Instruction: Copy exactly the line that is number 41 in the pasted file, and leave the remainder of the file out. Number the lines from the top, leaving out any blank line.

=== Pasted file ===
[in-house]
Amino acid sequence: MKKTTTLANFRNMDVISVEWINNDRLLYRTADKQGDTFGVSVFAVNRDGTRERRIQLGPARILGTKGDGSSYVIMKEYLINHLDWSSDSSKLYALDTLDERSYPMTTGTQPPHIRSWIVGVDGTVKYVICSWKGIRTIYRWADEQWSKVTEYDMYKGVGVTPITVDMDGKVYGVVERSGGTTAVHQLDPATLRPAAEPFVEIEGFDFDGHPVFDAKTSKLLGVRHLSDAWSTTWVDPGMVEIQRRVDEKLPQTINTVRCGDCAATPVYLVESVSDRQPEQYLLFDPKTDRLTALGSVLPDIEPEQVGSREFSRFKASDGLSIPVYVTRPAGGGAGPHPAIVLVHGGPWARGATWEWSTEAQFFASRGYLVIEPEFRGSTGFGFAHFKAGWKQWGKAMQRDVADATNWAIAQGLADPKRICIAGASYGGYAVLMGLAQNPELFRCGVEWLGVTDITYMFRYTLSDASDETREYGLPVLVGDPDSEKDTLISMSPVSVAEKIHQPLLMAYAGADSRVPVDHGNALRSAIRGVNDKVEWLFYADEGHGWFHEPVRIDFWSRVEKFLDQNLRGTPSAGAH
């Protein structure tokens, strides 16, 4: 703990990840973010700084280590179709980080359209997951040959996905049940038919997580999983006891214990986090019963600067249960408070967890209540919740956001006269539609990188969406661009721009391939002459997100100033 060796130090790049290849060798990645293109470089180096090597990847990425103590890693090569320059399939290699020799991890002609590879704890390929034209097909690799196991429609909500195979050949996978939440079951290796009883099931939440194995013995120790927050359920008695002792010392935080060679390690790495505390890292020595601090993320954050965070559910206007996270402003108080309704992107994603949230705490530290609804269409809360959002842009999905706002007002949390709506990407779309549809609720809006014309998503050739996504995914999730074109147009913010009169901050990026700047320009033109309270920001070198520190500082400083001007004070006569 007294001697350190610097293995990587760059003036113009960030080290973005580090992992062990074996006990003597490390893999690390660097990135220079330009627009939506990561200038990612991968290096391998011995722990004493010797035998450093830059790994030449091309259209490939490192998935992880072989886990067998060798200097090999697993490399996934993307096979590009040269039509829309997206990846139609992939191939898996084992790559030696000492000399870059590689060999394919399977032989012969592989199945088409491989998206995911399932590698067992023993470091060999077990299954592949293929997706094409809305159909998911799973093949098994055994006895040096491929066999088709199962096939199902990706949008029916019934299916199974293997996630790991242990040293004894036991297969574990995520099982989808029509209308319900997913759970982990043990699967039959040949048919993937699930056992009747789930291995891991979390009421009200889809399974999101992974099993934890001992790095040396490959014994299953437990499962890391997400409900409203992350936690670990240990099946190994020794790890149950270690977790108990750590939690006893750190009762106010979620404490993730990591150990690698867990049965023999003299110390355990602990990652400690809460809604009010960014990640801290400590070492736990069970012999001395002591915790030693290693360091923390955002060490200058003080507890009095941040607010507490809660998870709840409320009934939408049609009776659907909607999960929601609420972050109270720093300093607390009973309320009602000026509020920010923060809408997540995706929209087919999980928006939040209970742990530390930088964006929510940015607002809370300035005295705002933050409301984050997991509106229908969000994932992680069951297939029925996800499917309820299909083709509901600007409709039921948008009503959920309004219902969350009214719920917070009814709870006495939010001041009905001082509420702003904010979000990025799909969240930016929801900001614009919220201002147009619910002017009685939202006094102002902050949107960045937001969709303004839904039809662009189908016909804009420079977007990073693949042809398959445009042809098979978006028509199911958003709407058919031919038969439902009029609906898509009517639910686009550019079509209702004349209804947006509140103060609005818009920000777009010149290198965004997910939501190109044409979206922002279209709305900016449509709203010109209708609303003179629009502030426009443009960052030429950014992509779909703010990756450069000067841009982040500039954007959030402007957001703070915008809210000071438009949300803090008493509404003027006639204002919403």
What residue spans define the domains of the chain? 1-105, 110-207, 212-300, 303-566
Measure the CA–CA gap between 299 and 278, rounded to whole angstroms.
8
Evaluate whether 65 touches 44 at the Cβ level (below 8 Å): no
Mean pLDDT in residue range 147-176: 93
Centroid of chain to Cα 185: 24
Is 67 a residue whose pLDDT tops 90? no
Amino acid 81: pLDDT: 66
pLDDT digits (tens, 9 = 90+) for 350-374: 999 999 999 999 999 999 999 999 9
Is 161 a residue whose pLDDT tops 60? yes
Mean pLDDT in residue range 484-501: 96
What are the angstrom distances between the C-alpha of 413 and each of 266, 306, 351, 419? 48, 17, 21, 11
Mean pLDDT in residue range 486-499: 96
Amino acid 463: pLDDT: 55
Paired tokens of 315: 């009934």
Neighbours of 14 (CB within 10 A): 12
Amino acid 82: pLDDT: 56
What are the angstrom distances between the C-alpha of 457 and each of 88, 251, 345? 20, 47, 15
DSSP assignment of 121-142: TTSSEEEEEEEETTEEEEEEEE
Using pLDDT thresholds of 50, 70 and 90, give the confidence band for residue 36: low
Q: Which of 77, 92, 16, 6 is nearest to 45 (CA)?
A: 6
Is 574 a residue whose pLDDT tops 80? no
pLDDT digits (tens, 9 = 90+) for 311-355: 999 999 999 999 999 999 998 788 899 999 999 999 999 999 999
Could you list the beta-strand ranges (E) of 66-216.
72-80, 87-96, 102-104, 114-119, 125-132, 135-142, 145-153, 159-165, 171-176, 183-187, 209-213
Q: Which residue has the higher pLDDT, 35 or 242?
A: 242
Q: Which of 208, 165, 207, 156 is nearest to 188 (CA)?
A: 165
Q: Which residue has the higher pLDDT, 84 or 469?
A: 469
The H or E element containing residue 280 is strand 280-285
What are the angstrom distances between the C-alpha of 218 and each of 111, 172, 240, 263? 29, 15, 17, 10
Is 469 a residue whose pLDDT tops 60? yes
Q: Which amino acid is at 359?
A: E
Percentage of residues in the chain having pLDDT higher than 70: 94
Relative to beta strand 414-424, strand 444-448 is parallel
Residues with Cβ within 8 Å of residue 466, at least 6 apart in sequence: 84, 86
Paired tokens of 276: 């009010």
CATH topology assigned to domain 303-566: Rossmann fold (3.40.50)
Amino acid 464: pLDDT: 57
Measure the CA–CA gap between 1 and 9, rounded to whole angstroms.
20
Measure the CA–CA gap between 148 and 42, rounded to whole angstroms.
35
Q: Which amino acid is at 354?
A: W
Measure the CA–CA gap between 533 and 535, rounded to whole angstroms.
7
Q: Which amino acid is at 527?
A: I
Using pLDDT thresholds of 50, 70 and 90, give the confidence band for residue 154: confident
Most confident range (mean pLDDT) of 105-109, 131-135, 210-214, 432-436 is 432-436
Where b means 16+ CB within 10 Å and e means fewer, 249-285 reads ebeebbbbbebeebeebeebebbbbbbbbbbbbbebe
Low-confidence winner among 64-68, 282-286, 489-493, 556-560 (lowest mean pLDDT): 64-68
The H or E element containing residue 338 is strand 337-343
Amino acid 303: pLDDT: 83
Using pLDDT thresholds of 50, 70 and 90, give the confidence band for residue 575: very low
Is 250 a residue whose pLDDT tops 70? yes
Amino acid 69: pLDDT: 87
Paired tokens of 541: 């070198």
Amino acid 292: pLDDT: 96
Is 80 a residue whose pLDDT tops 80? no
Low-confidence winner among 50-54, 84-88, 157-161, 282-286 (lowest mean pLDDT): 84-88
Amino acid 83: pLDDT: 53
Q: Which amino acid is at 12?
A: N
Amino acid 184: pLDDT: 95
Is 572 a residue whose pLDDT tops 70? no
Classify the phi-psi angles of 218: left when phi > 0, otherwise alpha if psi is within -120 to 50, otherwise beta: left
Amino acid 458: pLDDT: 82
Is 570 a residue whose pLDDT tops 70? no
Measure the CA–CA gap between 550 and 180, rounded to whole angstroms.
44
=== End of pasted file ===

Percentage of residues in the chain having pLDDT higher than 70: 94